What You'll Find
Overclocking is when you make certain changes to your hardware so its performance gets a boost. But the question is, is overclocking worth it? You know that your CPU can be overclocked to a certain limit, but you’re not certain if you should go for it because overclocking the CPU is the most expensive type there is as it requires some updates in terms of hardware. So let’s take a look at the pros and cons of it to see if overclocking the processor is actually worth it or not.
But before that, let’s first understand what overclocking actually is. If you aren’t new to the term, you can scroll right ahead to the pros and cons.
What is overclocking, really?
To understand ‘overclocking’ and whether it is worth it or not, we must first understand ‘clocking’. Clocking is a term used to define the speed at which a component runs. CPUs, or processors, and GPUs are generally the components that take the term clocking to define how fast they run – known as the ‘clock-speed’.
Since ‘clocking’ is about the speed at which a component works at factory settings, ‘overclocking’ is all about how the component can work faster than those preset limits – with a few tweaks, of course.
Overclocking the CPU
Overclocking the CPU is a bit complex than overclocking other components, but it tends to give the most in terms of results. But, just because CPUs in general can be overclocked doesn’t mean your particular model can as well.
Many machines use processors by Intel, and Intel doesn’t allow all of its CPUs to be overclocked. You can only overclock a couple of their series, that’s all. AMD, on the other hand, allows most of its models to be overclocked. So you will need to see if your particular model can be overclocked or not.
Also, overclocking the processor will mean, in all probability, that you will need better cooling as well. Let’s move on towards the pros and cons now to see what we’ll gain and what we’ll lose when we overclock out CPUs.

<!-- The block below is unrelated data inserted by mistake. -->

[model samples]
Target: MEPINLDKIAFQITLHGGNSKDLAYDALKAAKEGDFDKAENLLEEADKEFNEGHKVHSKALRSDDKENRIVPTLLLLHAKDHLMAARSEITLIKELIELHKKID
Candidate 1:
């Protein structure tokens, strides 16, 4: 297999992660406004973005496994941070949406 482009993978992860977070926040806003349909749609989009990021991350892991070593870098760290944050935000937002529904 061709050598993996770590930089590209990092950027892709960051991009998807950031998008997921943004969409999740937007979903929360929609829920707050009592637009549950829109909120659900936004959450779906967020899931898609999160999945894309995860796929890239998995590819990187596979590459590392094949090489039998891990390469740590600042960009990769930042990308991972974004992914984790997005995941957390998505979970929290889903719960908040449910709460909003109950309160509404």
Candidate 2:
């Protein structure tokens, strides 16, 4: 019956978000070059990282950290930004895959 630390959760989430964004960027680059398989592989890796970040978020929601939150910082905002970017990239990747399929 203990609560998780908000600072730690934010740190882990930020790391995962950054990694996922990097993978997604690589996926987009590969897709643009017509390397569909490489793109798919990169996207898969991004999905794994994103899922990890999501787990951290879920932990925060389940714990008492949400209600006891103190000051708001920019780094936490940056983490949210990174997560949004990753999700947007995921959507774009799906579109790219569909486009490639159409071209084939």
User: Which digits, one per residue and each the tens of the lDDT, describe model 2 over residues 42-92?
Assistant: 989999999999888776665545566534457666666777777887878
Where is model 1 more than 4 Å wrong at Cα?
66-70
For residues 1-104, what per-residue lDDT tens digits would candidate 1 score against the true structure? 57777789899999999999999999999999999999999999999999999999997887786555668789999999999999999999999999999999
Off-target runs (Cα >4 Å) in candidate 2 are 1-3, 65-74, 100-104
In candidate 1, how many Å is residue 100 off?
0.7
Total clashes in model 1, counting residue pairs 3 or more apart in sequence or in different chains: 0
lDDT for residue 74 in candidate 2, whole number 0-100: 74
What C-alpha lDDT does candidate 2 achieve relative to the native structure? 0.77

Why is overclocking worth it?
First things first: the benefits, because that’s what you’re here for. You want to know what overclocking the CPU can do for you in the long run.
You should overclock your CPU because:
- It will give you better performance, duh. When the clocking speed of your component will increase, you will experience greatly enhanced performance.
- You might be saving money if you manage to get better performance out of a cheap machine. This can be especially true of the AMD processors.
- In many cases, you can achieve a higher frames-per-second rate.
- You might hit the jackpot with the silicone lottery – which means that your model might have the chips that manage the overclock better than others and therefore you might be able to reach next-level performance.
Why overclocking isn’t worth it?
Now that we have tackled the advantages, let’s take a look at the disadvantages of overclocking. Because rarely anything is all good.
You shouldn’t overclock your CPU because:
May Cost You
While it might be cheaper in the sense that you won’t have to invest in a new machine by managing to squeeze out more performance from your older one, you will have to spend a fair bit to achieve the overclocking as well, especially in entry-level models. For example,
- You will need to exchange the motherboard with one that supports overclocking, e.g. for Intel processors, you will need a chipset with a ‘Z’ in the name.
- Your processor might not support overclocking, so you’ll have to replace that too. Intel processors of the ‘K’ series can be overclocked, and most AMD models can be as well. Other models of Intel are restricted.
You should be prepared to come across instability. While your overclocks will not be stable when you have just started tweaking and are yet to find the perfect levels for it, even when you do achieve a stable overclock you might come across instability.
Your games or programs might crash, or while you are still trying to figure out how to overclock your PC might decide to not boot up at all or show you a blue screen. You can fix this by restoring the default settings but be prepared for all sorts of crashes.
In addition to spending on motherboard and processor, you will also need to spend on a third-party cooler. Ideally, you will need to go for a liquid cooler to keep the heat under control all the better but you can also make do with an air cooler.
But keep in mind that all the extra heat that will be produced due to the overclock will need to be managed accordingly, or you risk getting your system damaged irrevocably.
All in all, it appears that if you have an entry-level system, going for an overclock might not be the best thing for you. You’ll end up spending a fair bit on a system that you will likely be replacing soon. An investment that won’t last long, and you don’t even know if your CPU will achieve the perfect, stable overclock.
It may be infinitely better to invest in a machine that will serve you well in the long run. If you already have a high-end setup then you can go for the overclock as the extra expenses will go a long way. You’ll be able to squeeze more performance out of your CPU without having to exchange your already costly machine for an even more expensive one. In this case, overclocking will most certainly be worth it.